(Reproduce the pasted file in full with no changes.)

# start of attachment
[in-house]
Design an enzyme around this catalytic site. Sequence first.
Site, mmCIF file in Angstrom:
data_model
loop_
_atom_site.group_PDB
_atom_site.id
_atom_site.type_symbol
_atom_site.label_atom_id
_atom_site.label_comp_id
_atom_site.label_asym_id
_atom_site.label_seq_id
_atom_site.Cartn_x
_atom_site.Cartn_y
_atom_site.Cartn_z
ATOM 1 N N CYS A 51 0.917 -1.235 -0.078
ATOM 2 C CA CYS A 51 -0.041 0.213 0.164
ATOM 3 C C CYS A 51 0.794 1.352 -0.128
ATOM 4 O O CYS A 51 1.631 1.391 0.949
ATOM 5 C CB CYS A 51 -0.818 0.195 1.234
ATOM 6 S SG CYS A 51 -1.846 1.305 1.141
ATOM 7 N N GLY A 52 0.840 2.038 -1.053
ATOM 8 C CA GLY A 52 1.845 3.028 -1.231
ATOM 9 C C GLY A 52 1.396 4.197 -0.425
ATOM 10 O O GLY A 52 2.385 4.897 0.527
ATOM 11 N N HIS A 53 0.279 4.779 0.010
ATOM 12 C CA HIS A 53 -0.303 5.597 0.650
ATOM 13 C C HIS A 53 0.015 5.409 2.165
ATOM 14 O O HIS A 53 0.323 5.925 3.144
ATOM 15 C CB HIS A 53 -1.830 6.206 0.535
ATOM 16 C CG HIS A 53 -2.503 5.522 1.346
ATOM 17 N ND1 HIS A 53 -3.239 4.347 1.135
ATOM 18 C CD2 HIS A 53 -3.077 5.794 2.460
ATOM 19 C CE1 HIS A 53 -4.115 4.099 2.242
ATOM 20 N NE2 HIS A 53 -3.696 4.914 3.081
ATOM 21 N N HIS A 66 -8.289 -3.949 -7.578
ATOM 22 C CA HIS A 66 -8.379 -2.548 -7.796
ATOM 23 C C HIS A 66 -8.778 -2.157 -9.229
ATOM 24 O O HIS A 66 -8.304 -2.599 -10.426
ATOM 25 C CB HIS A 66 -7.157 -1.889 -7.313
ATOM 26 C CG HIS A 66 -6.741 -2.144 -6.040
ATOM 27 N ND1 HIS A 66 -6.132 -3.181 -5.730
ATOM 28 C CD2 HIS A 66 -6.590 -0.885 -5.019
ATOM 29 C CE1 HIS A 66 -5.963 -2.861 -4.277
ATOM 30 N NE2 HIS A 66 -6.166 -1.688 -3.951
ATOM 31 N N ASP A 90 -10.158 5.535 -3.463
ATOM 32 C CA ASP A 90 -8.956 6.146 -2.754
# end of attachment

[in-house]
Design an enzyme around this catalytic site. Sequence first.
Site, mmCIF file in Angstrom:
data_model
loop_
_atom_site.group_PDB
_atom_site.id
_atom_site.type_symbol
_atom_site.label_atom_id
_atom_site.label_comp_id
_atom_site.label_asym_id
_atom_site.label_seq_id
_atom_site.Cartn_x
_atom_site.Cartn_y
_atom_site.Cartn_z
ATOM 1 N N CYS A 51 0.917 -1.235 -0.078
ATOM 2 C CA CYS A 51 -0.041 0.213 0.164
ATOM 3 C C CYS A 51 0.794 1.352 -0.128
ATOM 4 O O CYS A 51 1.631 1.391 0.949
ATOM 5 C CB CYS A 51 -0.818 0.195 1.234
ATOM 6 S SG CYS A 51 -1.846 1.305 1.141
ATOM 7 N N GLY A 52 0.840 2.038 -1.053
ATOM 8 C CA GLY A 52 1.845 3.028 -1.231
ATOM 9 C C GLY A 52 1.396 4.197 -0.425
ATOM 10 O O GLY A 52 2.385 4.897 0.527
ATOM 11 N N HIS A 53 0.279 4.779 0.010
ATOM 12 C CA HIS A 53 -0.303 5.597 0.650
ATOM 13 C C HIS A 53 0.015 5.409 2.165
ATOM 14 O O HIS A 53 0.323 5.925 3.144
ATOM 15 C CB HIS A 53 -1.830 6.206 0.535
ATOM 16 C CG HIS A 53 -2.503 5.522 1.346
ATOM 17 N ND1 HIS A 53 -3.239 4.347 1.135
ATOM 18 C CD2 HIS A 53 -3.077 5.794 2.460
ATOM 19 C CE1 HIS A 53 -4.115 4.099 2.242
ATOM 20 N NE2 HIS A 53 -3.696 4.914 3.081
ATOM 21 N N HIS A 66 -8.289 -3.949 -7.578
ATOM 22 C CA HIS A 66 -8.379 -2.548 -7.796
ATOM 23 C C HIS A 66 -8.778 -2.157 -9.229
ATOM 24 O O HIS A 66 -8.304 -2.599 -10.426
ATOM 25 C CB HIS A 66 -7.157 -1.889 -7.313
ATOM 26 C CG HIS A 66 -6.741 -2.144 -6.040
ATOM 27 N ND1 HIS A 66 -6.132 -3.181 -5.730
ATOM 28 C CD2 HIS A 66 -6.590 -0.885 -5.019
ATOM 29 C CE1 HIS A 66 -5.963 -2.861 -4.277
ATOM 30 N NE2 HIS A 66 -6.166 -1.688 -3.951
ATOM 31 N N ASP A 90 -10.158 5.535 -3.463
ATOM 32 C CA ASP A 90 -8.956 6.146 -2.754